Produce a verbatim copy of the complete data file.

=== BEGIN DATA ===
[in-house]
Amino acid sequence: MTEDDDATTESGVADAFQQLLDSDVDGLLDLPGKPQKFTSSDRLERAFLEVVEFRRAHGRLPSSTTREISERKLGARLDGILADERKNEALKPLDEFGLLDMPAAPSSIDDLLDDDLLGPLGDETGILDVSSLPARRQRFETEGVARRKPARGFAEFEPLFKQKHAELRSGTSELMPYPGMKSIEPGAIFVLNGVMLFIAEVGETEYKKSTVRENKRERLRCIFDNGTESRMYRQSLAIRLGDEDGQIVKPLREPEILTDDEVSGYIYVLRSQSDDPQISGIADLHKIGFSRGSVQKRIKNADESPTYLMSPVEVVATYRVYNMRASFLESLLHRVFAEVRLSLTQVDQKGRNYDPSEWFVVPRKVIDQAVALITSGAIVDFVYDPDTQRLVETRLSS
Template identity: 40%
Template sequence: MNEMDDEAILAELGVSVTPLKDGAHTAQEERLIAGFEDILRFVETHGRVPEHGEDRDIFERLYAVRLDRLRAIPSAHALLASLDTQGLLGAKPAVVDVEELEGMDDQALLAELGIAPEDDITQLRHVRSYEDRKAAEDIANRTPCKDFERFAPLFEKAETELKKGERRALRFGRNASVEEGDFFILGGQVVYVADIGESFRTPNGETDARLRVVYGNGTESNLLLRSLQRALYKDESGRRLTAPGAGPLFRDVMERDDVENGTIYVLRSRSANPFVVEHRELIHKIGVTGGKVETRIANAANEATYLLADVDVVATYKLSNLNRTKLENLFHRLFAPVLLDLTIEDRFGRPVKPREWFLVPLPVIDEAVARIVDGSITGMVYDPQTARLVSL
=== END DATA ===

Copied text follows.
[in-house]
Amino acid sequence: MTEDDDATTESGVADAFQQLLDSDVDGLLDLPGKPQKFTSSDRLERAFLEVVEFRRAHGRLPSSTTREISERKLGARLDGILADERKNEALKPLDEFGLLDMPAAPSSIDDLLDDDLLGPLGDETGILDVSSLPARRQRFETEGVARRKPARGFAEFEPLFKQKHAELRSGTSELMPYPGMKSIEPGAIFVLNGVMLFIAEVGETEYKKSTVRENKRERLRCIFDNGTESRMYRQSLAIRLGDEDGQIVKPLREPEILTDDEVSGYIYVLRSQSDDPQISGIADLHKIGFSRGSVQKRIKNADESPTYLMSPVEVVATYRVYNMRASFLESLLHRVFAEVRLSLTQVDQKGRNYDPSEWFVVPRKVIDQAVALITSGAIVDFVYDPDTQRLVETRLSS
Template identity: 40%
Template sequence: MNEMDDEAILAELGVSVTPLKDGAHTAQEERLIAGFEDILRFVETHGRVPEHGEDRDIFERLYAVRLDRLRAIPSAHALLASLDTQGLLGAKPAVVDVEELEGMDDQALLAELGIAPEDDITQLRHVRSYEDRKAAEDIANRTPCKDFERFAPLFEKAETELKKGERRALRFGRNASVEEGDFFILGGQVVYVADIGESFRTPNGETDARLRVVYGNGTESNLLLRSLQRALYKDESGRRLTAPGAGPLFRDVMERDDVENGTIYVLRSRSANPFVVEHRELIHKIGVTGGKVETRIANAANEATYLLADVDVVATYKLSNLNRTKLENLFHRLFAPVLLDLTIEDRFGRPVKPREWFLVPLPVIDEAVARIVDGSITGMVYDPQTARLVSL